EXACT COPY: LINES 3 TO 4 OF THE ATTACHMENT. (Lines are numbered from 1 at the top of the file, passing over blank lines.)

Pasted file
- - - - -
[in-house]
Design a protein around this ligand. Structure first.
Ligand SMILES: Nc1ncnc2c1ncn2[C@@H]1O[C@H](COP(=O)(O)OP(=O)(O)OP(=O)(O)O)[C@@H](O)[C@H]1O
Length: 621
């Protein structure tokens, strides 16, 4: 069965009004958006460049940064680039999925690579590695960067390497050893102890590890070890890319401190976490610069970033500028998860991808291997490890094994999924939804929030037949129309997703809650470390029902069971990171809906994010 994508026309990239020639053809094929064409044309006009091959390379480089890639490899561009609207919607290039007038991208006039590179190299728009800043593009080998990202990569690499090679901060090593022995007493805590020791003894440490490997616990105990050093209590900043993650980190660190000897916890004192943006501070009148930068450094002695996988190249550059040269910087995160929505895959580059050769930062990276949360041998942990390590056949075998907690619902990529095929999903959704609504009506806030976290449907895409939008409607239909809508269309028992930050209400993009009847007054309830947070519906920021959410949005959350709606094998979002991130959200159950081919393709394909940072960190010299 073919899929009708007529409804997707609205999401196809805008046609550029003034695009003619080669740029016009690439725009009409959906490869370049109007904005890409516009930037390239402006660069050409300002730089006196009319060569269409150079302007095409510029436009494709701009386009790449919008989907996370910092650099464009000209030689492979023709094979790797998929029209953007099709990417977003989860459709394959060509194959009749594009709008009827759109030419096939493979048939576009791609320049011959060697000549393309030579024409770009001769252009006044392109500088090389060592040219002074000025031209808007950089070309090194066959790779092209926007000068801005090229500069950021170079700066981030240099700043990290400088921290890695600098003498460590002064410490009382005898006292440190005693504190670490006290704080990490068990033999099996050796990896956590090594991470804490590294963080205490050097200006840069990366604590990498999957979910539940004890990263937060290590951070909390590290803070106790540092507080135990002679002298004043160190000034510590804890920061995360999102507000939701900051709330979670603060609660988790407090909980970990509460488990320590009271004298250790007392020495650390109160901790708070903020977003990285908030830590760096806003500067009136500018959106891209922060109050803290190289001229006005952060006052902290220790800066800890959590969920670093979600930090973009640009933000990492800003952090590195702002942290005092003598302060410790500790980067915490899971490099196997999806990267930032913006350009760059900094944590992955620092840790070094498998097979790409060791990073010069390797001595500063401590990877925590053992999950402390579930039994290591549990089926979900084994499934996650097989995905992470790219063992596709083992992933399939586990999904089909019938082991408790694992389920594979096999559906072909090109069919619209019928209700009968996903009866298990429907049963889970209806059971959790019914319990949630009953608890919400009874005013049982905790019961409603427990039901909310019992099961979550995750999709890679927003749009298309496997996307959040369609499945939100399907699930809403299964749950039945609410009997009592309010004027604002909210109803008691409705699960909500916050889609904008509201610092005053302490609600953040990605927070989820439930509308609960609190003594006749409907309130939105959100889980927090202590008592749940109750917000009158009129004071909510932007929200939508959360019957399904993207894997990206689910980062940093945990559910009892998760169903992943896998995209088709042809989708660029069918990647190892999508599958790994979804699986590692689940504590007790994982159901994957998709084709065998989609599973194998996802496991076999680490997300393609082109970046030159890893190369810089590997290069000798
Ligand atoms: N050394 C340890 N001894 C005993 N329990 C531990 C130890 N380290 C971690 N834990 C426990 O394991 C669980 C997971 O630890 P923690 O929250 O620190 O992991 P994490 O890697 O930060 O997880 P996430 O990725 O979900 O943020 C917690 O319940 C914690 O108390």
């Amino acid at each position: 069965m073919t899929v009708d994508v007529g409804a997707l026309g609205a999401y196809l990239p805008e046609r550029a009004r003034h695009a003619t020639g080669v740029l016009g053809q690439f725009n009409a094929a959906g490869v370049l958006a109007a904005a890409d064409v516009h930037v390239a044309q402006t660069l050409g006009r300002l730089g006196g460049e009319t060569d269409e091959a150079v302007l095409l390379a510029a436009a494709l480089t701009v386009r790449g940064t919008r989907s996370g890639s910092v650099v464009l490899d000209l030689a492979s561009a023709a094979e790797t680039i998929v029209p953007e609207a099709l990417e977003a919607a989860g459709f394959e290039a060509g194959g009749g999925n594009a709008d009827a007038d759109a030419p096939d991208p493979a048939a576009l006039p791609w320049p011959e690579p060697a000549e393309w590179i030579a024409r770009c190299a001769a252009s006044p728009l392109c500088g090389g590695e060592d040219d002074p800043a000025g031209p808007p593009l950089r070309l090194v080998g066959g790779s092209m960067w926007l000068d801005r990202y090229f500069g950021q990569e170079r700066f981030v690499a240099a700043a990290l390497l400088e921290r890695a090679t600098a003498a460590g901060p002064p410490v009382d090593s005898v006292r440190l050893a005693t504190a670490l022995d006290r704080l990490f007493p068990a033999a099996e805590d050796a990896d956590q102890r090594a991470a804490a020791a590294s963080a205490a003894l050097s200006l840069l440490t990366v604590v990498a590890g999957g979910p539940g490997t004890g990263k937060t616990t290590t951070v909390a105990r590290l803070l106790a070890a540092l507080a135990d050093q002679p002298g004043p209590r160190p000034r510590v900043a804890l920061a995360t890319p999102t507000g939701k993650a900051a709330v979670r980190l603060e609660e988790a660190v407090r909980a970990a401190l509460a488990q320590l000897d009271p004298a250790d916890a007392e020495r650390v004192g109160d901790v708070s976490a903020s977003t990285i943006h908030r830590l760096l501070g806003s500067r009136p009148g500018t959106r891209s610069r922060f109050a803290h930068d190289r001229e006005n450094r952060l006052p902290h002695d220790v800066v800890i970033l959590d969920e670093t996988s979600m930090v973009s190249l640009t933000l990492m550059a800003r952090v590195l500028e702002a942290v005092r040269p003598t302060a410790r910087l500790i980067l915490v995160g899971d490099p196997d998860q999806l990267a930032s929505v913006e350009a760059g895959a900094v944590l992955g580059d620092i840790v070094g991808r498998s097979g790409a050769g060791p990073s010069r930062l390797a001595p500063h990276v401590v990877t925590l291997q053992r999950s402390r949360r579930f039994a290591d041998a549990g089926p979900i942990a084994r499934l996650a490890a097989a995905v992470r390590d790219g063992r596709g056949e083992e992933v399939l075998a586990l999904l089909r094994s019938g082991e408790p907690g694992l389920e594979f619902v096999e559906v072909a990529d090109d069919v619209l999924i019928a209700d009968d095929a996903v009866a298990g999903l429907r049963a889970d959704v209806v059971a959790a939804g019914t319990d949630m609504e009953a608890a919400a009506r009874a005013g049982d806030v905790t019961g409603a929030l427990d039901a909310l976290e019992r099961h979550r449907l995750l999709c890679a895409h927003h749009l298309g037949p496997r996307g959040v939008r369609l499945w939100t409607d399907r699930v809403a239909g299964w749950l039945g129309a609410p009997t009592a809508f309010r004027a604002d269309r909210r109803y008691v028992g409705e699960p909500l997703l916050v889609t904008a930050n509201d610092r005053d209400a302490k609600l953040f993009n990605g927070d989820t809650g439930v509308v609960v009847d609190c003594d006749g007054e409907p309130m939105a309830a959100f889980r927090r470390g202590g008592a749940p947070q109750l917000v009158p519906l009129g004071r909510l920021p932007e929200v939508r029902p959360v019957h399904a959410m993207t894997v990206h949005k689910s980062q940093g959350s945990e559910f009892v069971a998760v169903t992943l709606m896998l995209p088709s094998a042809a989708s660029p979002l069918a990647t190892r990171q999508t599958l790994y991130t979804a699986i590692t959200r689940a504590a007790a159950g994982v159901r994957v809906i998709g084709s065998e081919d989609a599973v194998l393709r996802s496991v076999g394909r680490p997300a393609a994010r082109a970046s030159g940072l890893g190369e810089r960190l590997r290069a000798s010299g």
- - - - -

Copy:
Ligand SMILES: Nc1ncnc2c1ncn2[C@@H]1O[C@H](COP(=O)(O)OP(=O)(O)OP(=O)(O)O)[C@@H](O)[C@H]1O
Length: 621